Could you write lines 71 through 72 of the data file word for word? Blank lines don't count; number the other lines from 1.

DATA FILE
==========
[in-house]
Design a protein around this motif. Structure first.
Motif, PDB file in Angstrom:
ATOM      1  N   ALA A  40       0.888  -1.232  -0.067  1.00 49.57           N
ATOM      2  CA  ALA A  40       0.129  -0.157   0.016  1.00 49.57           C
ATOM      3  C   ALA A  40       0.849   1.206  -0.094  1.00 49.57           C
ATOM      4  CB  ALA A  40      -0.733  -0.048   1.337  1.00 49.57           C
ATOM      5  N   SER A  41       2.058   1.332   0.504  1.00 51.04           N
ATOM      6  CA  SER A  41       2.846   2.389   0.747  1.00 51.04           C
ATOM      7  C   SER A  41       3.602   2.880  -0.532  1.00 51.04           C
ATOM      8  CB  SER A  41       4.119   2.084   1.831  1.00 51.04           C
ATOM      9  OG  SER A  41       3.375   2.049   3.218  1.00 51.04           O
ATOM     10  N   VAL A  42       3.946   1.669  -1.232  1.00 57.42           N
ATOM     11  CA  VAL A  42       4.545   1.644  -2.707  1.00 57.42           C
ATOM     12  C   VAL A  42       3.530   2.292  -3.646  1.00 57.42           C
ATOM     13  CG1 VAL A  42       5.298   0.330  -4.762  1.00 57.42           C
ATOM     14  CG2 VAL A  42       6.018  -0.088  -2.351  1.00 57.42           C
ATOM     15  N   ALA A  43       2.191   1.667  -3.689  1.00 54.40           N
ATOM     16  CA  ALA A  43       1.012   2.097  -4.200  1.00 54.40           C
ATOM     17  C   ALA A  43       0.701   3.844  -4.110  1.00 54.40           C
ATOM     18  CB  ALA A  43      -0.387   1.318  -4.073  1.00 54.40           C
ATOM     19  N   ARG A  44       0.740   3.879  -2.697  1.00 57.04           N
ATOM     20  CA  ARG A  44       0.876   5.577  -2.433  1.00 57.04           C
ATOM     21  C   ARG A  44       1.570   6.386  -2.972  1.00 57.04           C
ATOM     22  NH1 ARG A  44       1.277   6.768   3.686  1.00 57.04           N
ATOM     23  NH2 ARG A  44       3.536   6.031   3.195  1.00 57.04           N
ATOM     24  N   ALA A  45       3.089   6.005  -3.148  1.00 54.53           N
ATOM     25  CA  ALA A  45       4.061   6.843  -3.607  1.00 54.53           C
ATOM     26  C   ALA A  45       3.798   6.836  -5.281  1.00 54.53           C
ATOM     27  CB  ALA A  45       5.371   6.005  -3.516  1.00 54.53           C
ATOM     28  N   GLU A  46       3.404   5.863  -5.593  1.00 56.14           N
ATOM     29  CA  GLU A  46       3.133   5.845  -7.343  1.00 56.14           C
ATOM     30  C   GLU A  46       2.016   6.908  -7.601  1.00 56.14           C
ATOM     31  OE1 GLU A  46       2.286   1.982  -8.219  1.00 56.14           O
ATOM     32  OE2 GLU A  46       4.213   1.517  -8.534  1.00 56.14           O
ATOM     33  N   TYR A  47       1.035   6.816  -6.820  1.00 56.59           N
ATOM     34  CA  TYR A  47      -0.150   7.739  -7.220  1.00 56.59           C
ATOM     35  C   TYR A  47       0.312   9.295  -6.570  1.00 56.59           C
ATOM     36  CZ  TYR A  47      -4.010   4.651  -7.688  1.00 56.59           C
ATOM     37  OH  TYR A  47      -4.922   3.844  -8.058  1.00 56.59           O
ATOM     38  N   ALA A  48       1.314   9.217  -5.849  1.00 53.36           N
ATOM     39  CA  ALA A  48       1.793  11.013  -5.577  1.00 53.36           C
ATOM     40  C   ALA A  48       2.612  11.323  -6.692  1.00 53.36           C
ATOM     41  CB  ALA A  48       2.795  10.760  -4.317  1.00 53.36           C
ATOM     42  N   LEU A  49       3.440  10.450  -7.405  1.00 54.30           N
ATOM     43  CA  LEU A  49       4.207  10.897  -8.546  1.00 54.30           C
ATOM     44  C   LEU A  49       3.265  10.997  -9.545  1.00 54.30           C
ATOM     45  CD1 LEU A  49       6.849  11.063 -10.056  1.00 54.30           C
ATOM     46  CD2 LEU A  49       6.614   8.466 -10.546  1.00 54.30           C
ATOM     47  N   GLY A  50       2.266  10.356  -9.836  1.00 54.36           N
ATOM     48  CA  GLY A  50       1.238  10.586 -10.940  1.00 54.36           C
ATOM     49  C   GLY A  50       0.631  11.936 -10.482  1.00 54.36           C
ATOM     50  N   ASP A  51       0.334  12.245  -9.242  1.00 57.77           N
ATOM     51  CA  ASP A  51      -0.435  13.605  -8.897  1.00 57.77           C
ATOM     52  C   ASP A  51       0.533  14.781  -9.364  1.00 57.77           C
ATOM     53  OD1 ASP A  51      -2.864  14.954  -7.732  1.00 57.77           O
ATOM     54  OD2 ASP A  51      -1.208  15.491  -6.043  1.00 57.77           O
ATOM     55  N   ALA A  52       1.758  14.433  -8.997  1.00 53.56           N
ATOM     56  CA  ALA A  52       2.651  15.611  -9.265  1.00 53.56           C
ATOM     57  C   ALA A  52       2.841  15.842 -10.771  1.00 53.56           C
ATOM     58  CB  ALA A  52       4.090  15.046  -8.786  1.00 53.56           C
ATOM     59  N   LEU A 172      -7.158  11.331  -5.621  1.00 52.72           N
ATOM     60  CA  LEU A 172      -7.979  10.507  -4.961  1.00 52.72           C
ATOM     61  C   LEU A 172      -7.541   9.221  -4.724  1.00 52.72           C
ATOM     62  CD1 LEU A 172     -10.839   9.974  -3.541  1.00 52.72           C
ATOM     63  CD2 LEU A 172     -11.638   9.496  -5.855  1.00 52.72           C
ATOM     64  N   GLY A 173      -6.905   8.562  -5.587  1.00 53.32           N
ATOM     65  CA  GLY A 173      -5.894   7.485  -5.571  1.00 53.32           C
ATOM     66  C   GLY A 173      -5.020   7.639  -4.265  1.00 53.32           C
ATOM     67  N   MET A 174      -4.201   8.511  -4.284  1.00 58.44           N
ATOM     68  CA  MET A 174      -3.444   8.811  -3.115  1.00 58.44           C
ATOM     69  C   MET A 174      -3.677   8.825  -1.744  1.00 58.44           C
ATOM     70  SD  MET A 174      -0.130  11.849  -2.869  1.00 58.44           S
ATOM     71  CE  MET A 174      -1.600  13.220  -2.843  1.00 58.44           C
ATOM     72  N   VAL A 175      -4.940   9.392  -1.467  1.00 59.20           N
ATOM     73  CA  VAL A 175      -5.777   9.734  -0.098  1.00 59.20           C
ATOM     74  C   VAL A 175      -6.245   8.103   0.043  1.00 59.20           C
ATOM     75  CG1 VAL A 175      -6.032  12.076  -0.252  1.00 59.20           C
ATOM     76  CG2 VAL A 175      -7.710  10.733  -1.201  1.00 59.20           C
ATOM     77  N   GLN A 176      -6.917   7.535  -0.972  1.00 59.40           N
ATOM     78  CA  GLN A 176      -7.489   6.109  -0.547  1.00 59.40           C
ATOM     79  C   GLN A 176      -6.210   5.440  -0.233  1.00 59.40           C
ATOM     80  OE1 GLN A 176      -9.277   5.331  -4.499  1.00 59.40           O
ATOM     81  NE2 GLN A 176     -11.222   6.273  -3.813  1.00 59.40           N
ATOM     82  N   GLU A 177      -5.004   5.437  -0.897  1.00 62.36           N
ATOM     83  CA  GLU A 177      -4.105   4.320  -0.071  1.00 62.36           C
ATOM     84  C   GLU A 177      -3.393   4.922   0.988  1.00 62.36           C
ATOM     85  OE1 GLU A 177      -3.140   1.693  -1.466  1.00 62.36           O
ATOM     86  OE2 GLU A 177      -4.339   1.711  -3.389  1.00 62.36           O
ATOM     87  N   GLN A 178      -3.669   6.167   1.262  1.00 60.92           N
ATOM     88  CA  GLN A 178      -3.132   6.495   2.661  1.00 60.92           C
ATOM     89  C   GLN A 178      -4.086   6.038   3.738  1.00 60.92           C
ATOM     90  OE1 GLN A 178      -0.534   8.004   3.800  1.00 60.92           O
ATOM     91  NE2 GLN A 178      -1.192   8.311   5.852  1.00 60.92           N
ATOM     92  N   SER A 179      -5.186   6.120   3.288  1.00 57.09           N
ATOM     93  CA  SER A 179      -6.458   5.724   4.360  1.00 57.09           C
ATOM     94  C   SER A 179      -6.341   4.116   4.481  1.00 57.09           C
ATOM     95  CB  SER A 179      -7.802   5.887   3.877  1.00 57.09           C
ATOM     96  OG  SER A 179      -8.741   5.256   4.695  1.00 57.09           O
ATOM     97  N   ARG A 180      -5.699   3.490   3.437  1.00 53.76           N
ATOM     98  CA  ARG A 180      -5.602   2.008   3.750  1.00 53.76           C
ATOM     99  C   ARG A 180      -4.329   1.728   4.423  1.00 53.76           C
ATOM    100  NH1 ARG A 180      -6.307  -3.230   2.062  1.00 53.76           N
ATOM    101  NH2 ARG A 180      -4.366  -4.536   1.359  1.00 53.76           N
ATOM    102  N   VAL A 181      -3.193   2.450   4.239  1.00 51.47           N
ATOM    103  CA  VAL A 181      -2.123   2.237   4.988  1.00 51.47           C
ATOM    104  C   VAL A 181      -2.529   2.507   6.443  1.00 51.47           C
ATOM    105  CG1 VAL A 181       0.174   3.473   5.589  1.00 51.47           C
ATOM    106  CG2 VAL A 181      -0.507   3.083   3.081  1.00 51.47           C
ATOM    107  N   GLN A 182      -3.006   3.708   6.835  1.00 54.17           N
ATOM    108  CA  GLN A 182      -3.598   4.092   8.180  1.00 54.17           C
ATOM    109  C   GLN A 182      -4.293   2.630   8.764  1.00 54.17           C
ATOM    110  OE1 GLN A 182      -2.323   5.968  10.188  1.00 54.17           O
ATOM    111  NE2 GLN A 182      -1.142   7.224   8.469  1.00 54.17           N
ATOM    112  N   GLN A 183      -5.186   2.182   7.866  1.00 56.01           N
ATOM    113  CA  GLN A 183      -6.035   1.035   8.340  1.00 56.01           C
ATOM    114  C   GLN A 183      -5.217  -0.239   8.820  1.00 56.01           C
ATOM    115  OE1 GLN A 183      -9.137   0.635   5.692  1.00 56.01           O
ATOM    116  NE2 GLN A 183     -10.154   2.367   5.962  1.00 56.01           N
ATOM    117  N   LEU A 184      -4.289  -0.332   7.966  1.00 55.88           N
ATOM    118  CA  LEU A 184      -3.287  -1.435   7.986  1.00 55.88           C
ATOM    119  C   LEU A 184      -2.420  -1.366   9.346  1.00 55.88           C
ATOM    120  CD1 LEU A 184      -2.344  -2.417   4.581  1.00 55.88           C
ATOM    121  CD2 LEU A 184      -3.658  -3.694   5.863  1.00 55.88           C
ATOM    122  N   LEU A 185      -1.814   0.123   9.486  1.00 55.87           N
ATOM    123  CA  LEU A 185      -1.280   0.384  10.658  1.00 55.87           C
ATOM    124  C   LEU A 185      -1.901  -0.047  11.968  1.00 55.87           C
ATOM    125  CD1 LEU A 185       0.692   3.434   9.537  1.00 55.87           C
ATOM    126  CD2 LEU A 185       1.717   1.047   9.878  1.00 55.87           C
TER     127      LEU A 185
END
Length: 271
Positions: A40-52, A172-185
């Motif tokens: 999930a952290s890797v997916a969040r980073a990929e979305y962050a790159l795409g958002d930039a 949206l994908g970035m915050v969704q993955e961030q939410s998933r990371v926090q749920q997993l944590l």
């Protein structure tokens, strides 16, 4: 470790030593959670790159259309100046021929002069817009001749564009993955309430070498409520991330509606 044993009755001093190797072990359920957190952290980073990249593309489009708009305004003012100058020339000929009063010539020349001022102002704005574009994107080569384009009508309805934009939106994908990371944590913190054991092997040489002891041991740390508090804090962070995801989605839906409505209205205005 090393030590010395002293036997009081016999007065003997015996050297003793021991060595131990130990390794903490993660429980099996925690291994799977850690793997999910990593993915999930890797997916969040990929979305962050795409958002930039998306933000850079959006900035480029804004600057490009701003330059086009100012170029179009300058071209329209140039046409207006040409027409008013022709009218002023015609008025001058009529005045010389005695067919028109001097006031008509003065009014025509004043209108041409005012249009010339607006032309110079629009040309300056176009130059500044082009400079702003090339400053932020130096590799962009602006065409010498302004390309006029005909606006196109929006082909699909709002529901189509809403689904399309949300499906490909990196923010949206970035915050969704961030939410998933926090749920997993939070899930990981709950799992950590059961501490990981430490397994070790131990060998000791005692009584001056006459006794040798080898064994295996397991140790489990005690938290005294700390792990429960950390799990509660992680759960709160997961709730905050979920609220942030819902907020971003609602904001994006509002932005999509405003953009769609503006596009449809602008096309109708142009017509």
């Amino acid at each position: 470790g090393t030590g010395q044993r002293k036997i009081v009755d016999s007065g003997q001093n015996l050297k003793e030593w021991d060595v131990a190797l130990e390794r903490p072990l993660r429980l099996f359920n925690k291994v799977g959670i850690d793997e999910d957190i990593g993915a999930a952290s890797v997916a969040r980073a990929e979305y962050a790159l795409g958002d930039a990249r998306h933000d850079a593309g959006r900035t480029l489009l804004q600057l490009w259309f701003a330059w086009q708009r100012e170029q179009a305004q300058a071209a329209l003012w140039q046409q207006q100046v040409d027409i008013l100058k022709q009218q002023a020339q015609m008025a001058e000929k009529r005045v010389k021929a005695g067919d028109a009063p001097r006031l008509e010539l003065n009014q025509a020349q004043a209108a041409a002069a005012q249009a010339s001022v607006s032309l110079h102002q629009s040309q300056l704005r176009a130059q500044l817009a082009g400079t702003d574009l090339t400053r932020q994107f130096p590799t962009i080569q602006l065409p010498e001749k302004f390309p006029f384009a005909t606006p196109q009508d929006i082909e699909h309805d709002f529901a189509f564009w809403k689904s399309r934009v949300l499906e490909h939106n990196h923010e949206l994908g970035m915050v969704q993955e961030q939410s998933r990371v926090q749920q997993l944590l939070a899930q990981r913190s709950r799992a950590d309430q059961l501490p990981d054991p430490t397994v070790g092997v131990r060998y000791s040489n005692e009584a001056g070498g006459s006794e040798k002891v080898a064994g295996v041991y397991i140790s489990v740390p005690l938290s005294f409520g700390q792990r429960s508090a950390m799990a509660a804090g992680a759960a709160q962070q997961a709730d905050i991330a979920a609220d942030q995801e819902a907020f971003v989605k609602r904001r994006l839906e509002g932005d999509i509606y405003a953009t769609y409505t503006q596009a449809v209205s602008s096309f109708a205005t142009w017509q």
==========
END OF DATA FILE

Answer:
ATOM     68  CA  MET A 174      -3.444   8.811  -3.115  1.00 58.44           C
ATOM     69  C   MET A 174      -3.677   8.825  -1.744  1.00 58.44           C